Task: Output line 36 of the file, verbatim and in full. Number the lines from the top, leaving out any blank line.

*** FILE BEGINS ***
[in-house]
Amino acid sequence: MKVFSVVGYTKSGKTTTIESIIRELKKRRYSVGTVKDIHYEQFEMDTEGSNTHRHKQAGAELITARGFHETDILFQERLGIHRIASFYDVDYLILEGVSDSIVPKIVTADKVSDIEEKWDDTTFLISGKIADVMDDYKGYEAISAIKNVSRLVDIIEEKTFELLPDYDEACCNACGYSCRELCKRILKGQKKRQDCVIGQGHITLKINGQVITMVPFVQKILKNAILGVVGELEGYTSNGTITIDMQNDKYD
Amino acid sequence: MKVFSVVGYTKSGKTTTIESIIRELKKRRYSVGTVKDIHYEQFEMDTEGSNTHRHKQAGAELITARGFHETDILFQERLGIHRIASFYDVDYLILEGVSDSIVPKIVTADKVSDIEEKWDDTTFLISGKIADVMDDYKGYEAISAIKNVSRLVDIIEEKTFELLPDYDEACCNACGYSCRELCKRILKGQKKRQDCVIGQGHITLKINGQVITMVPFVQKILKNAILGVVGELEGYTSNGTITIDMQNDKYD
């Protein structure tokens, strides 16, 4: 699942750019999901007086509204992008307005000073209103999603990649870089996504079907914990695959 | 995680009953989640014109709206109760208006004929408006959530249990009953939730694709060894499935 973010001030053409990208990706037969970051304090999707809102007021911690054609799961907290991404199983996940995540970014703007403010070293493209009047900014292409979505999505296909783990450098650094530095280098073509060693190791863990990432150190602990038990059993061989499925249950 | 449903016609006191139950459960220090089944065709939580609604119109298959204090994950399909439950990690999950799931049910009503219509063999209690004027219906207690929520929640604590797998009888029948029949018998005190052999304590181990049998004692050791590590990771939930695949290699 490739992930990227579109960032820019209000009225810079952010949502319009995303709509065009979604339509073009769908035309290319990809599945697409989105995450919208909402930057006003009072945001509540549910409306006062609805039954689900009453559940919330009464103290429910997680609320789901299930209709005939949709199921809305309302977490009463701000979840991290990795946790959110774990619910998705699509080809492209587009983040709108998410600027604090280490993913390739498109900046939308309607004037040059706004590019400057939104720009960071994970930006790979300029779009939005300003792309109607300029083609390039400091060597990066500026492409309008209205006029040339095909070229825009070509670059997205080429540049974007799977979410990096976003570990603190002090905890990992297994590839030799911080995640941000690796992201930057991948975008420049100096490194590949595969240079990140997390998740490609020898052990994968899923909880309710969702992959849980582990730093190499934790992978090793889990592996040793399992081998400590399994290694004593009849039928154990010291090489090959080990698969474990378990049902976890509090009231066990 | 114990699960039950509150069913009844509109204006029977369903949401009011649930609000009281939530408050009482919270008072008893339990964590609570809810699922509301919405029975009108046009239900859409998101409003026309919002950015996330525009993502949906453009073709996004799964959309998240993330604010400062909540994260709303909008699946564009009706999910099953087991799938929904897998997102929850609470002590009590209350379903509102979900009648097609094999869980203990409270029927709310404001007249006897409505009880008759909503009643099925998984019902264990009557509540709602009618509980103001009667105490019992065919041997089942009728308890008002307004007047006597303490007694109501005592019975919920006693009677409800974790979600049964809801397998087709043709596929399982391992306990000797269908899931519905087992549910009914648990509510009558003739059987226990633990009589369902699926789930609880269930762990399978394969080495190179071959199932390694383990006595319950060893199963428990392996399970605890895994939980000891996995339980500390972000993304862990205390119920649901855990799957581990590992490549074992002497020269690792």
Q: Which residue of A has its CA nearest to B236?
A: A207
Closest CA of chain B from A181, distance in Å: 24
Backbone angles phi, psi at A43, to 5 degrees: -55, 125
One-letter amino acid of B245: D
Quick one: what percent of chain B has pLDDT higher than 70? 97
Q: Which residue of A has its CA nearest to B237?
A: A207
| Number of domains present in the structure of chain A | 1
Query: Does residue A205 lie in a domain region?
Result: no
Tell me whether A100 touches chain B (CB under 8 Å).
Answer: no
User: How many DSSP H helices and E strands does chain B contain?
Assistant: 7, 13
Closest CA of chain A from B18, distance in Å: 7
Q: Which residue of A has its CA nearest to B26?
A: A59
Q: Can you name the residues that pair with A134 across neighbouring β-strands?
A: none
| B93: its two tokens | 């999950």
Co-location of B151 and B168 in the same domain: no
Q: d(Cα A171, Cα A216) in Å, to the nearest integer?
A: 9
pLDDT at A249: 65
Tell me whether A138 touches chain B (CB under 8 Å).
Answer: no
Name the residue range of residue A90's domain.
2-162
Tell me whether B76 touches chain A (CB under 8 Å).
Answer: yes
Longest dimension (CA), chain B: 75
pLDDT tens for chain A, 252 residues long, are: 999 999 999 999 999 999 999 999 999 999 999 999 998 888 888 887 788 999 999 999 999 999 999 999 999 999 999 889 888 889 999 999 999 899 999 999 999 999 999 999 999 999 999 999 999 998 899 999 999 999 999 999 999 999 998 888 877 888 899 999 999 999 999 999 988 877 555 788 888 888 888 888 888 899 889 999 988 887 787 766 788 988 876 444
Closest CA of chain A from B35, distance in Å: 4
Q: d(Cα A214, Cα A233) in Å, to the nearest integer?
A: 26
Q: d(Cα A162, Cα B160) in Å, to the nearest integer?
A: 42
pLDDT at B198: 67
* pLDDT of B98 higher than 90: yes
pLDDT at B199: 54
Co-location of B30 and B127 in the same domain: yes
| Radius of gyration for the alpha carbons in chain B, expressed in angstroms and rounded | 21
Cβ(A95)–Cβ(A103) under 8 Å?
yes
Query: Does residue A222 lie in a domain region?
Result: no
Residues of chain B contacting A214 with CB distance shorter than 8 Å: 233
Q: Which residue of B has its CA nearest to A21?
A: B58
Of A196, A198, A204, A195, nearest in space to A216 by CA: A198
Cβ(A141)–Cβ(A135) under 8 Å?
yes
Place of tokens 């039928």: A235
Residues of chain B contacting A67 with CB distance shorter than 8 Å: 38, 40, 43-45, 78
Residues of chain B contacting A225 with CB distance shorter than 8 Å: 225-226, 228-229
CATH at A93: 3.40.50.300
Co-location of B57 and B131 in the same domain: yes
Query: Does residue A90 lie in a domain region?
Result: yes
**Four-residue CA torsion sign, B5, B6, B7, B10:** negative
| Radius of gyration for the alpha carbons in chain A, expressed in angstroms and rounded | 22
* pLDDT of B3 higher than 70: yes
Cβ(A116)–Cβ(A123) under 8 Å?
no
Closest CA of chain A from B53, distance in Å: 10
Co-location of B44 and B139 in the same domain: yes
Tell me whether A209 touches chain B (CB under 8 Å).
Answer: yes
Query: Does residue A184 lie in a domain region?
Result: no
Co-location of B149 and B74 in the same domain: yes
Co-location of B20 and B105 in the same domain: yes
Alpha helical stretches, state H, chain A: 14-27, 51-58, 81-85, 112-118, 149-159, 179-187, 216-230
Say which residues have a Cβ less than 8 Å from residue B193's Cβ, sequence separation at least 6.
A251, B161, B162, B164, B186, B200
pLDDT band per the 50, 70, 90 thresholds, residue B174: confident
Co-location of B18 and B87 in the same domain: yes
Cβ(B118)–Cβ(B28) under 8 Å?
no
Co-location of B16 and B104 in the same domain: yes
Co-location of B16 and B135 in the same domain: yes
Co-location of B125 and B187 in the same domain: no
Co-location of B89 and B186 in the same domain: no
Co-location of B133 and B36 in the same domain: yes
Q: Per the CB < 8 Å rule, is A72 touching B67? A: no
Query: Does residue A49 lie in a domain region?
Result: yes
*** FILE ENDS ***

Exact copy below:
Longest dimension (CA), chain B: 75